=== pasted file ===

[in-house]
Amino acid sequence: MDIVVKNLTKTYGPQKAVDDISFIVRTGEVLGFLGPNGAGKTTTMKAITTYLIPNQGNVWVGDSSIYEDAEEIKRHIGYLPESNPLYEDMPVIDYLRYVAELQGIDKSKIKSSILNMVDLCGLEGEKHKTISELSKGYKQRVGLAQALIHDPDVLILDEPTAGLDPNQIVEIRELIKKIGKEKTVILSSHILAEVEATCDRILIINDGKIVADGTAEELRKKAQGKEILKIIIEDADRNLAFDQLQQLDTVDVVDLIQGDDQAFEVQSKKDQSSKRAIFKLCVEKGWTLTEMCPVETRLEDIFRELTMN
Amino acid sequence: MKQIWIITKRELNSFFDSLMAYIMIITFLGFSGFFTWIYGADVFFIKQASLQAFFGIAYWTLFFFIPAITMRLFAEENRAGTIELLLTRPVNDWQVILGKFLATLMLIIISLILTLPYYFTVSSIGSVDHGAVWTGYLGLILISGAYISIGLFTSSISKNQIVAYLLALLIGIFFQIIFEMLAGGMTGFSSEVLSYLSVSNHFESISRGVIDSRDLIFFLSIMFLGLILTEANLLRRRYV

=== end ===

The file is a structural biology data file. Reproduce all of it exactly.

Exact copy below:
[in-house]
Amino acid sequence: MDIVVKNLTKTYGPQKAVDDISFIVRTGEVLGFLGPNGAGKTTTMKAITTYLIPNQGNVWVGDSSIYEDAEEIKRHIGYLPESNPLYEDMPVIDYLRYVAELQGIDKSKIKSSILNMVDLCGLEGEKHKTISELSKGYKQRVGLAQALIHDPDVLILDEPTAGLDPNQIVEIRELIKKIGKEKTVILSSHILAEVEATCDRILIINDGKIVADGTAEELRKKAQGKEILKIIIEDADRNLAFDQLQQLDTVDVVDLIQGDDQAFEVQSKKDQSSKRAIFKLCVEKGWTLTEMCPVETRLEDIFRELTMN
Amino acid sequence: MKQIWIITKRELNSFFDSLMAYIMIITFLGFSGFFTWIYGADVFFIKQASLQAFFGIAYWTLFFFIPAITMRLFAEENRAGTIELLLTRPVNDWQVILGKFLATLMLIIISLILTLPYYFTVSSIGSVDHGAVWTGYLGLILISGAYISIGLFTSSISKNQIVAYLLALLIGIFFQIIFEMLAGGMTGFSSEVLSYLSVSNHFESISRGVIDSRDLIFFLSIMFLGLILTEANLLRRRYV